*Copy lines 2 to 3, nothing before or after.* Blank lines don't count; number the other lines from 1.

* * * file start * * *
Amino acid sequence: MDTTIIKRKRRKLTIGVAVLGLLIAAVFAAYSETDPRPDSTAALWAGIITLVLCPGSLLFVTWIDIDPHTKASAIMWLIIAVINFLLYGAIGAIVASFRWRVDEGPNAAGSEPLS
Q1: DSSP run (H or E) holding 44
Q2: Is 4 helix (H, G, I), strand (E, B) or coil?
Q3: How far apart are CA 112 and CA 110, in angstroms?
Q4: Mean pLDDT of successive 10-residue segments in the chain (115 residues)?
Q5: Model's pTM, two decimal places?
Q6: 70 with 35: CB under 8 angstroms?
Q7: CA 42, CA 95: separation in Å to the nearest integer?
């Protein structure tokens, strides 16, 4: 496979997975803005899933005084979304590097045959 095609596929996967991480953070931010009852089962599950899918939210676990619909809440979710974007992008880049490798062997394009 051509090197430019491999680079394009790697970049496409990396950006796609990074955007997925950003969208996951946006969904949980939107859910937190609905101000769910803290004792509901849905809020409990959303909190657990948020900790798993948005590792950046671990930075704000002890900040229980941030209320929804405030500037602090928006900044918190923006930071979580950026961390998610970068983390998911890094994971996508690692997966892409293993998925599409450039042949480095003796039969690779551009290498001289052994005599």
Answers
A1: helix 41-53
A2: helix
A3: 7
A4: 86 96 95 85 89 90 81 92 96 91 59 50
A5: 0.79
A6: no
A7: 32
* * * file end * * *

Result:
Q1: DSSP run (H or E) holding 44
Q2: Is 4 helix (H, G, I), strand (E, B) or coil?